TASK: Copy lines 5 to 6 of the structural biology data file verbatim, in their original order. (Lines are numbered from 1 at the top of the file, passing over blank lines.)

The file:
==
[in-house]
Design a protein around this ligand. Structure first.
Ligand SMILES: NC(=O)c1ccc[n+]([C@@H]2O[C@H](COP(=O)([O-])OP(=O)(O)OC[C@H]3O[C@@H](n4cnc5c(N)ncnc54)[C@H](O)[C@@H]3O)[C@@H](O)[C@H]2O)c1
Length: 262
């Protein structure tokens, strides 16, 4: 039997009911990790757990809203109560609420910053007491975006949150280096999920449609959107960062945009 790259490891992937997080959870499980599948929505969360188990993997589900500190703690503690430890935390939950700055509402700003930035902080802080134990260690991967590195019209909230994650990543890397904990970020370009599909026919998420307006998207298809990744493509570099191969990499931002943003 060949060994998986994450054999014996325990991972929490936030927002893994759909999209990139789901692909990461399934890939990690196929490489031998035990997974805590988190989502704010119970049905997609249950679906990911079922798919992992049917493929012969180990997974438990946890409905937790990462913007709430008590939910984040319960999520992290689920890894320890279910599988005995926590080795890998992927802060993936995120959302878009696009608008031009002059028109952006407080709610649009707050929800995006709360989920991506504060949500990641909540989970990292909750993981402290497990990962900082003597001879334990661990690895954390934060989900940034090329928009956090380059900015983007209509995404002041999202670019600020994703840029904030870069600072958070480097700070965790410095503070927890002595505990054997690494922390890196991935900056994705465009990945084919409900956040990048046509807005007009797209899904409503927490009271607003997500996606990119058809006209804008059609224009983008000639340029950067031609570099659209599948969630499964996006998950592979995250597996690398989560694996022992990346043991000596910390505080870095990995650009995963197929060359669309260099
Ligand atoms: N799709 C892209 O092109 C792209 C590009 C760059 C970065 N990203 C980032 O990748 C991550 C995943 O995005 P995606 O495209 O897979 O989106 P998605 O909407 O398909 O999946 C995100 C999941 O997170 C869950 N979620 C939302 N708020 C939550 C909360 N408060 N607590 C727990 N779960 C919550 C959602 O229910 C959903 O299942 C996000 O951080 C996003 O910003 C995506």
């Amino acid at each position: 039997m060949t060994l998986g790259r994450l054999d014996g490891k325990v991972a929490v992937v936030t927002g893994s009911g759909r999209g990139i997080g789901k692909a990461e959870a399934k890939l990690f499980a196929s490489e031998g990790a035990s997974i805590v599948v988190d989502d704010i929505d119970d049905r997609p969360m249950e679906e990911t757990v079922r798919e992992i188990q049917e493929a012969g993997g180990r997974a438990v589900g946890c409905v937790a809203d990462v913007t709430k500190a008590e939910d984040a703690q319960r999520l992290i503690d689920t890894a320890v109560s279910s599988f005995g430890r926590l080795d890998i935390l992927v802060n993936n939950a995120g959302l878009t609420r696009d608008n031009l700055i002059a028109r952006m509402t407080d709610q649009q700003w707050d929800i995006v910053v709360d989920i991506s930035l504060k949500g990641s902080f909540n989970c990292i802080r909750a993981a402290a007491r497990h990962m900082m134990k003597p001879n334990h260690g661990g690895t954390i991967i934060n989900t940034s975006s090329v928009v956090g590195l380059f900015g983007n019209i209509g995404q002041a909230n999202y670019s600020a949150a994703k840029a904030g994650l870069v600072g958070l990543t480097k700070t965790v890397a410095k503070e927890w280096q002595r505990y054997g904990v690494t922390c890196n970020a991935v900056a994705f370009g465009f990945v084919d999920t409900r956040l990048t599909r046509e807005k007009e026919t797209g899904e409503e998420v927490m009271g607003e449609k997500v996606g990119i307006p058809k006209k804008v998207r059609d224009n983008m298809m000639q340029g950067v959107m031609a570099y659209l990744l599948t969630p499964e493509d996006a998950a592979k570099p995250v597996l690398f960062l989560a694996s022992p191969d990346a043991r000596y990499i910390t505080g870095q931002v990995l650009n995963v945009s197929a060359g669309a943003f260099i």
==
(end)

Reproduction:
């Protein structure tokens, strides 16, 4: 039997009911990790757990809203109560609420910053007491975006949150280096999920449609959107960062945009 790259490891992937997080959870499980599948929505969360188990993997589900500190703690503690430890935390939950700055509402700003930035902080802080134990260690991967590195019209909230994650990543890397904990970020370009599909026919998420307006998207298809990744493509570099191969990499931002943003 060949060994998986994450054999014996325990991972929490936030927002893994759909999209990139789901692909990461399934890939990690196929490489031998035990997974805590988190989502704010119970049905997609249950679906990911079922798919992992049917493929012969180990997974438990946890409905937790990462913007709430008590939910984040319960999520992290689920890894320890279910599988005995926590080795890998992927802060993936995120959302878009696009608008031009002059028109952006407080709610649009707050929800995006709360989920991506504060949500990641909540989970990292909750993981402290497990990962900082003597001879334990661990690895954390934060989900940034090329928009956090380059900015983007209509995404002041999202670019600020994703840029904030870069600072958070480097700070965790410095503070927890002595505990054997690494922390890196991935900056994705465009990945084919409900956040990048046509807005007009797209899904409503927490009271607003997500996606990119058809006209804008059609224009983008000639340029950067031609570099659209599948969630499964996006998950592979995250597996690398989560694996022992990346043991000596910390505080870095990995650009995963197929060359669309260099
Ligand atoms: N799709 C892209 O092109 C792209 C590009 C760059 C970065 N990203 C980032 O990748 C991550 C995943 O995005 P995606 O495209 O897979 O989106 P998605 O909407 O398909 O999946 C995100 C999941 O997170 C869950 N979620 C939302 N708020 C939550 C909360 N408060 N607590 C727990 N779960 C919550 C959602 O229910 C959903 O299942 C996000 O951080 C996003 O910003 C995506």